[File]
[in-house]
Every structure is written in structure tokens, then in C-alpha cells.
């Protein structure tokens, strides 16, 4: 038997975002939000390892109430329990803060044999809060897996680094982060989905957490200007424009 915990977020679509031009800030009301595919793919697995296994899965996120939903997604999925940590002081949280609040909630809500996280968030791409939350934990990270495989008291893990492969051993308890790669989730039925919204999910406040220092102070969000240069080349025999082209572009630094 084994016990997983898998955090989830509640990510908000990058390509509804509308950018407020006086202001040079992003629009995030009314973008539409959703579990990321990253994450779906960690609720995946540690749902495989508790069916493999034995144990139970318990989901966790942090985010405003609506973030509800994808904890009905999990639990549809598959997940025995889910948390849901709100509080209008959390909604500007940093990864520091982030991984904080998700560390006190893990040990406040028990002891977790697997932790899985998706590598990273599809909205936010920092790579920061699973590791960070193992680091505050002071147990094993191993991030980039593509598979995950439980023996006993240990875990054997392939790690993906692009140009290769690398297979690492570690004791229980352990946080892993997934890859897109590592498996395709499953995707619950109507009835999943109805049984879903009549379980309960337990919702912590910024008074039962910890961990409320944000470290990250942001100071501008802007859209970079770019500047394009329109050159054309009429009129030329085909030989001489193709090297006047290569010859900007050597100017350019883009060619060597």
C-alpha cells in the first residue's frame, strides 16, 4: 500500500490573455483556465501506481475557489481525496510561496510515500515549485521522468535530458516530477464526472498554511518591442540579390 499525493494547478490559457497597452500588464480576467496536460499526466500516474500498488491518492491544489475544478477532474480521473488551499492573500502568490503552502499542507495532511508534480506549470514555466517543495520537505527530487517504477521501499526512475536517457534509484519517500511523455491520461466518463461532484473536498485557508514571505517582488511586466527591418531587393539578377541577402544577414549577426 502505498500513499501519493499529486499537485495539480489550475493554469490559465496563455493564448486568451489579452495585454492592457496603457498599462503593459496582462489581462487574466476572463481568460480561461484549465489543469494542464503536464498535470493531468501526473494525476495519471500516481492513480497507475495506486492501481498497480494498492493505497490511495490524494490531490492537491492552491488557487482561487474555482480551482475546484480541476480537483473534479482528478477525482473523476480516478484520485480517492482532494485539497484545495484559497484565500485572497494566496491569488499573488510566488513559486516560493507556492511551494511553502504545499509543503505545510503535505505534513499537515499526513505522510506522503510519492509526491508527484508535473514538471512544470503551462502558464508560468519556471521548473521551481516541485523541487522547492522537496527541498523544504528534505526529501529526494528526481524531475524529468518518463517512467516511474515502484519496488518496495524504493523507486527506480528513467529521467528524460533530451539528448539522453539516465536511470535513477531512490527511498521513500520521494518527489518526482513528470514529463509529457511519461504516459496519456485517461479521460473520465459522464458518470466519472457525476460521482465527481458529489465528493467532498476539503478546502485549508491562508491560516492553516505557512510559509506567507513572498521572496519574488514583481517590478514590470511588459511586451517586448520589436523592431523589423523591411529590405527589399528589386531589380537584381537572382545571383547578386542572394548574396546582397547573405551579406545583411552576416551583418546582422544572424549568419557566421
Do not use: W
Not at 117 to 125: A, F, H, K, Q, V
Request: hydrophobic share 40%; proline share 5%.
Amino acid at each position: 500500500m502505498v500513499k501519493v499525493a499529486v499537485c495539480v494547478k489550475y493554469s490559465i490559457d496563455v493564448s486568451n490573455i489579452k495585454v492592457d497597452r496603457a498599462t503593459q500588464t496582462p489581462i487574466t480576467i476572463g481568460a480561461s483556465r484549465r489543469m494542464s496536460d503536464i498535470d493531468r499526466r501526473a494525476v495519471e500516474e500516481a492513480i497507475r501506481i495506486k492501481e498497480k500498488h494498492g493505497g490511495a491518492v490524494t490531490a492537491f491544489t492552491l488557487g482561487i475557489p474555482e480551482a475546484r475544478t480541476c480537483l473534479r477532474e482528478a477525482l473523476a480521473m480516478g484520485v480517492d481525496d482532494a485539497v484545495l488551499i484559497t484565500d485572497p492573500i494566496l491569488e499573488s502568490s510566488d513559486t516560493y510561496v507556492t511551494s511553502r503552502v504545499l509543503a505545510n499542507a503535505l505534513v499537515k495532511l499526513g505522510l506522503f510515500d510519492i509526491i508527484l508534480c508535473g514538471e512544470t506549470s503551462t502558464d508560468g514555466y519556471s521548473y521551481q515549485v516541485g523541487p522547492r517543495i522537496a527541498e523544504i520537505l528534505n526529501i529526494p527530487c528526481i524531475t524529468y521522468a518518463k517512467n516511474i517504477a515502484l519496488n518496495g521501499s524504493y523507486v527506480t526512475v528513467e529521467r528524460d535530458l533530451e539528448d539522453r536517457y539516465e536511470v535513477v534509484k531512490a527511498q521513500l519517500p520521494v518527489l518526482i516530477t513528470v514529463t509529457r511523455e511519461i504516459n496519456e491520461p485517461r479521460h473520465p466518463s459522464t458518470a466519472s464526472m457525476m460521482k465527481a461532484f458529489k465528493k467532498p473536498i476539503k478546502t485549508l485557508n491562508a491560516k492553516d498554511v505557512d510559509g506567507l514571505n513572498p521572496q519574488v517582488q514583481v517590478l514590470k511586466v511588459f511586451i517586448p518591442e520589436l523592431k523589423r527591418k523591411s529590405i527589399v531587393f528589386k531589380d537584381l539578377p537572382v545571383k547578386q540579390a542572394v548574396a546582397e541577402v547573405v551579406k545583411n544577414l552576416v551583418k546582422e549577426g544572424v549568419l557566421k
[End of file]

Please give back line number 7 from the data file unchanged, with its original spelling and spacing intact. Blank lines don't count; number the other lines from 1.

Request: hydrophobic share 40%; proline share 5%.